LONDON, October 27, 2017 /PRNewswire/ --
One of Britain's most respected dermatologists has hailed as 'miraculous' a non-steroid treatment for psoriasis following its first efficacy trials in the UK.
Professor Anthony Chu, former senior consultant at Imperial Healthcare Trust, and Hammersmith and Ealing hospitals in London, said hundreds of thousands of sufferers could benefit from using 'Soratinex' where more traditional treatments have failed.
The trials in London found that 60 per cent of patients with plaque psoriasis - the most common kind - experienced improvements in their symptoms ranging from 51-100 per cent after just eight weeks.
'I have been hugely impressed by the results - in some cases the improvements were quite miraculous,' said Professor Chu, who has no financial interest in Soratinex. 'Nearly all the patients in our trial experienced some benefit, but 60 per cent of them experienced significant improvements of between than 51 and 100 per cent.
'In terms of well-being, almost half said their quality of life had improved by between 76 and 100 per cent, and there were no negative side-effects.'
Psoriasis is an immune condition that speeds up the skin replacement process, meaning cells that normally take 21 to 28 days to replace are actually produced in a few days. This build-up of cells results in raised 'plaques' which can become inflamed, flaky and painful. Almost 2 million people in the UK have psoriasis.
Most sufferers are treated with creams containing steroids which can cause side effects such as changes in blood pressure and decreased growth in children.
Soratinex is a three-step steroid-free treatment for plaque psoriasis involving a gel that removes flaky deposits, a cream that reduces inflammation and an oil that moisturises and creates a protective layer. It has been safely used for many years in Australia and parts of Europe, marketed as 'Dr Michaels'. It contains natural oils, herbal ingredients and minerals, which make it safe even for young children.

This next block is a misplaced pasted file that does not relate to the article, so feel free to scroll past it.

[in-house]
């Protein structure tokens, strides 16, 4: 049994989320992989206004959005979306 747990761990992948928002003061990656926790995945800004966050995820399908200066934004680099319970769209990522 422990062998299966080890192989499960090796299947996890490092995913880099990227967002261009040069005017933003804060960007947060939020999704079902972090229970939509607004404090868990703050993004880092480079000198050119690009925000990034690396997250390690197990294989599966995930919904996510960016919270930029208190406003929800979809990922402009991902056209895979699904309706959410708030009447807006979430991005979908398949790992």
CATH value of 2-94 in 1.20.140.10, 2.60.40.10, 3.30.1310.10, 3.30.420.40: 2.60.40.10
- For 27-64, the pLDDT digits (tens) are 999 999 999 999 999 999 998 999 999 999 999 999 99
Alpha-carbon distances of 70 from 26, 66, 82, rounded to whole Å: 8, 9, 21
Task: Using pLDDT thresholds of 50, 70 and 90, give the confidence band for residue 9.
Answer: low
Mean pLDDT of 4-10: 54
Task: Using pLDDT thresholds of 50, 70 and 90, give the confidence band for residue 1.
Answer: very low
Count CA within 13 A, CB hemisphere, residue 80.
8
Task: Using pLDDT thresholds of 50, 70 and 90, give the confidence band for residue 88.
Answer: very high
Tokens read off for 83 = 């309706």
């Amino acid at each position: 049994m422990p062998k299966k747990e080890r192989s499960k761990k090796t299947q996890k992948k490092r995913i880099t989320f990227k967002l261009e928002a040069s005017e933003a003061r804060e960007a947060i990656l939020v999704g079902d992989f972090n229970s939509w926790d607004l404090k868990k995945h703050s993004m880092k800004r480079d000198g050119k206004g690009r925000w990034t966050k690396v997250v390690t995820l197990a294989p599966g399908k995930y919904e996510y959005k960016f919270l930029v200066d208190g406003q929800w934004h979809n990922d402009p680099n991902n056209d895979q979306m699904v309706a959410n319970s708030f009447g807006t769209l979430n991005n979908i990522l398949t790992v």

Soratinex is available in Australia, New Zealand, Germany, the Czech Republic, Slovakia, Poland and Hungary, and is now being introduced to the UK to coincide with Psoriasis Awareness Week, October 29.
The treatment is designated a 'Medical Device' under EU law and can be bought online at https://www.franklpharma.co.uk without a prescription. Sets, expected to last patients with mild to moderate symptoms between one and three months, retail at £76.50 for small and £121.05 for large.
This compares favourably with traditional hospital-based treatments for severe psoriasis such as such as Ciclosporine, which can cost around £2,000 a year, Methotrexate from £2-300 a year and biologics (cellular treatments grown in the lab) for the most severe cases, which can cost up to £14,000 a year.
The results of the UK trial, which was conducted over a year with a cohort of 20 patients, echo the results of eight studies with larger cohorts conducted by senior dermatologists across Europe. In these, involving 2,050 patients, 85 per cent experienced an improvement in their symptoms of between 51 and 100 per cent.
Greg Pittard, 47, from North West London, one of the volunteers on the UK trial, had psoriasis covering 25 per cent of his body for 18 years. He said: 'Within a couple of days of using Soratinex my red patches started to clear up and then I began to see other patches below them, which were areas of normal skin.
'Then it became less inflamed and my skin calmed right down. It is continuing to improve and I'm seeing clear, good skin. There is about a 70 per cent improvement and obviously I'm hoping it goes to 100 per cent.
'I'm feeling so much happier and confident about myself. I was the last person to be accepted on the trials and I was sceptical when I walked through the door. Now I just can't believe how lucky I was.'
FRANKL Pharma, European distributors of Soratinex, met the cost of the trial.
SOURCE FRANKL Pharma